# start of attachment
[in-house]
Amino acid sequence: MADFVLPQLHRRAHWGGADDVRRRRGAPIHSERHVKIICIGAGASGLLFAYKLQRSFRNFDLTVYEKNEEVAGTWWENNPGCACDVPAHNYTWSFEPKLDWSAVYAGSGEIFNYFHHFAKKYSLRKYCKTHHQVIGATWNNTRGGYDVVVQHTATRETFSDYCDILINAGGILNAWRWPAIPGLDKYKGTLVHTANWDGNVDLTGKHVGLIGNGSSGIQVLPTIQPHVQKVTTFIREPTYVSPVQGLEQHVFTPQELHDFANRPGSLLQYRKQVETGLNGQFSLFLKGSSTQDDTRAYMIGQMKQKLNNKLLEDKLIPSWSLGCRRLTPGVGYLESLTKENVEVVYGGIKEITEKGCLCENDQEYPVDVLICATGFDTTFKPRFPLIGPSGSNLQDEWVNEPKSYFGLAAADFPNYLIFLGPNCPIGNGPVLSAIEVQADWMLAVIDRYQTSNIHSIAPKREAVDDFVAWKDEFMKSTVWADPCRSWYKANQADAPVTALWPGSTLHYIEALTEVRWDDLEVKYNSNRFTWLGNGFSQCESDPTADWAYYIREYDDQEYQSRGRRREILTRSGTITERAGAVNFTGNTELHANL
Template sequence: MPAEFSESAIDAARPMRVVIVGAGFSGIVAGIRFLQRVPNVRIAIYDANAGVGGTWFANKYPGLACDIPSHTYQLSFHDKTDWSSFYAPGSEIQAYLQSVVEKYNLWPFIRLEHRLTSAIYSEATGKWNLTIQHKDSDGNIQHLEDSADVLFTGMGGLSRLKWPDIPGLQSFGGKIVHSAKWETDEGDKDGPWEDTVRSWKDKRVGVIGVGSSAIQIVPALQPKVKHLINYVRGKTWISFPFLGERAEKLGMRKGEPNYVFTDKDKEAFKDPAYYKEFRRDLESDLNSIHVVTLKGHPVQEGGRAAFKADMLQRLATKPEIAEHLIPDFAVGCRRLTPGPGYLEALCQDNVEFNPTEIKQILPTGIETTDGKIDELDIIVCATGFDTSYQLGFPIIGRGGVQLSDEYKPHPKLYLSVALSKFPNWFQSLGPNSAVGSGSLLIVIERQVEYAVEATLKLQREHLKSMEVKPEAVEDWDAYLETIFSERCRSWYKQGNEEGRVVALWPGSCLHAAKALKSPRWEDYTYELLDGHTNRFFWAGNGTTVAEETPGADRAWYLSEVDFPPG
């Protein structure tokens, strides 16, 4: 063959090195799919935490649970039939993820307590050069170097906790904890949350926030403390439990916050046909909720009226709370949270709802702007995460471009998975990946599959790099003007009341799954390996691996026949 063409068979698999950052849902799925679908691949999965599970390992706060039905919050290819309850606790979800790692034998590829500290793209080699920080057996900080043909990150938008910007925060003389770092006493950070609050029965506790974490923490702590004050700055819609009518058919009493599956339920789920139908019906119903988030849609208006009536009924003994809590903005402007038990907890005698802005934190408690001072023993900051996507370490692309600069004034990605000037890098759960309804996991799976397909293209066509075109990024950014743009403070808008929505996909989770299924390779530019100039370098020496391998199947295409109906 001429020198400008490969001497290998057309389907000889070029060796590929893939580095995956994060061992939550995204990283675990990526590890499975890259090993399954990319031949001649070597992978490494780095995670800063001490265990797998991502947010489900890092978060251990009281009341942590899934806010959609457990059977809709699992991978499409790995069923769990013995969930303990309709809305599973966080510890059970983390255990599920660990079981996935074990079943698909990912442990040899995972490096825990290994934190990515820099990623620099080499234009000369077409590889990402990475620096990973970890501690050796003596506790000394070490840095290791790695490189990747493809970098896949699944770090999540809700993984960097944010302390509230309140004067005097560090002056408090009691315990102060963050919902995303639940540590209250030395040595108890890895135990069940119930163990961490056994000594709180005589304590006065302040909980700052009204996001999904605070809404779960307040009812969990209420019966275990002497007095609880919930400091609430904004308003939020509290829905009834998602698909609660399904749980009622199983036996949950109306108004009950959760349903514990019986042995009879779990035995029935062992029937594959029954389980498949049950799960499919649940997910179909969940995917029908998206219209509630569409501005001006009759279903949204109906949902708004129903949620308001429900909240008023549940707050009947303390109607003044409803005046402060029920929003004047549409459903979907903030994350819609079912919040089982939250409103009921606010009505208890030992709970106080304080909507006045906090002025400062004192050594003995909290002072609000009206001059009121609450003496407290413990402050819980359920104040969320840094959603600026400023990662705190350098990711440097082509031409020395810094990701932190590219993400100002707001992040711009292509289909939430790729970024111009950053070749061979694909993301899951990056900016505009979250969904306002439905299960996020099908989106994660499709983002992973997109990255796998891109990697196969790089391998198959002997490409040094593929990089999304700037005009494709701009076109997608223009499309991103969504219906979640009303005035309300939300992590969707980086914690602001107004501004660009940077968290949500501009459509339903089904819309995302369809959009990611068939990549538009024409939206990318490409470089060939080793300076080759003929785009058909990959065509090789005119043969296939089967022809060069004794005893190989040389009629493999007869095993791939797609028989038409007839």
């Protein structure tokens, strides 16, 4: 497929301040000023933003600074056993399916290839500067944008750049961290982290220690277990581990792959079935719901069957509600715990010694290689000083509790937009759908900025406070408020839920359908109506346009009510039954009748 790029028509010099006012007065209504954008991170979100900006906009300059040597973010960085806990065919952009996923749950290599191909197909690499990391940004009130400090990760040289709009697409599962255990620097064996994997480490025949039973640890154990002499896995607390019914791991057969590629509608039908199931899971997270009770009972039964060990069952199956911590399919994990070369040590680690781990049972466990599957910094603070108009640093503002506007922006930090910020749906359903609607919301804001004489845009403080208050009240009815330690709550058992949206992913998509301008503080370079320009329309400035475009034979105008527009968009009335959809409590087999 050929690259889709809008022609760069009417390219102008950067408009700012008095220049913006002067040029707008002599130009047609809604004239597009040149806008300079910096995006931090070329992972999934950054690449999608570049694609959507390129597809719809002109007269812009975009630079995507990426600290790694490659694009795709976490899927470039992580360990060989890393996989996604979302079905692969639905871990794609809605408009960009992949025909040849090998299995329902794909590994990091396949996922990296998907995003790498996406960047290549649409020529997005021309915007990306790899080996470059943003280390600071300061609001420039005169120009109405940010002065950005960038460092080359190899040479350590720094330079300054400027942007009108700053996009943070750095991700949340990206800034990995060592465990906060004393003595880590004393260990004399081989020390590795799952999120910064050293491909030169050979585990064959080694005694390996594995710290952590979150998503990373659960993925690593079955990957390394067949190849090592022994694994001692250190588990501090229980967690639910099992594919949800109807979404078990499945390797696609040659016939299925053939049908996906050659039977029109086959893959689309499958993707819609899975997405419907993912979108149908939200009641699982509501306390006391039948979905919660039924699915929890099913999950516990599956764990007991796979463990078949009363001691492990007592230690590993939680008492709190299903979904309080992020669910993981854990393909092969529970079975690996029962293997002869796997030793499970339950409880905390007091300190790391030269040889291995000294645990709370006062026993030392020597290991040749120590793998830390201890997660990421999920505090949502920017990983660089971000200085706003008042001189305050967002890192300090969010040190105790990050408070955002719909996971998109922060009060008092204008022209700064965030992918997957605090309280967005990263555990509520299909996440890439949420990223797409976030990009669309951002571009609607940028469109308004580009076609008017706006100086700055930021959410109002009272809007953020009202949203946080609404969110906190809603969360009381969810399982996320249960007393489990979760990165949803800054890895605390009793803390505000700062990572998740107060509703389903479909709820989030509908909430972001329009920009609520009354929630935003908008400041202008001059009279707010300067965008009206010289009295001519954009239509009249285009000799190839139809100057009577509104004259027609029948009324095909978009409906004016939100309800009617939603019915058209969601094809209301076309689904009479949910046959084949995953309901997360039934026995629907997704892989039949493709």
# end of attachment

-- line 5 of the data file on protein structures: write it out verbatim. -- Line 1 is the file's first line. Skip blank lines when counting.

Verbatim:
């Protein structure tokens, strides 16, 4: 497929301040000023933003600074056993399916290839500067944008750049961290982290220690277990581990792959079935719901069957509600715990010694290689000083509790937009759908900025406070408020839920359908109506346009009510039954009748 790029028509010099006012007065209504954008991170979100900006906009300059040597973010960085806990065919952009996923749950290599191909197909690499990391940004009130400090990760040289709009697409599962255990620097064996994997480490025949039973640890154990002499896995607390019914791991057969590629509608039908199931899971997270009770009972039964060990069952199956911590399919994990070369040590680690781990049972466990599957910094603070108009640093503002506007922006930090910020749906359903609607919301804001004489845009403080208050009240009815330690709550058992949206992913998509301008503080370079320009329309400035475009034979105008527009968009009335959809409590087999 050929690259889709809008022609760069009417390219102008950067408009700012008095220049913006002067040029707008002599130009047609809604004239597009040149806008300079910096995006931090070329992972999934950054690449999608570049694609959507390129597809719809002109007269812009975009630079995507990426600290790694490659694009795709976490899927470039992580360990060989890393996989996604979302079905692969639905871990794609809605408009960009992949025909040849090998299995329902794909590994990091396949996922990296998907995003790498996406960047290549649409020529997005021309915007990306790899080996470059943003280390600071300061609001420039005169120009109405940010002065950005960038460092080359190899040479350590720094330079300054400027942007009108700053996009943070750095991700949340990206800034990995060592465990906060004393003595880590004393260990004399081989020390590795799952999120910064050293491909030169050979585990064959080694005694390996594995710290952590979150998503990373659960993925690593079955990957390394067949190849090592022994694994001692250190588990501090229980967690639910099992594919949800109807979404078990499945390797696609040659016939299925053939049908996906050659039977029109086959893959689309499958993707819609899975997405419907993912979108149908939200009641699982509501306390006391039948979905919660039924699915929890099913999950516990599956764990007991796979463990078949009363001691492990007592230690590993939680008492709190299903979904309080992020669910993981854990393909092969529970079975690996029962293997002869796997030793499970339950409880905390007091300190790391030269040889291995000294645990709370006062026993030392020597290991040749120590793998830390201890997660990421999920505090949502920017990983660089971000200085706003008042001189305050967002890192300090969010040190105790990050408070955002719909996971998109922060009060008092204008022209700064965030992918997957605090309280967005990263555990509520299909996440890439949420990223797409976030990009669309951002571009609607940028469109308004580009076609008017706006100086700055930021959410109002009272809007953020009202949203946080609404969110906190809603969360009381969810399982996320249960007393489990979760990165949803800054890895605390009793803390505000700062990572998740107060509703389903479909709820989030509908909430972001329009920009609520009354929630935003908008400041202008001059009279707010300067965008009206010289009295001519954009239509009249285009000799190839139809100057009577509104004259027609029948009324095909978009409906004016939100309800009617939603019915058209969601094809209301076309689904009479949910046959084949995953309901997360039934026995629907997704892989039949493709």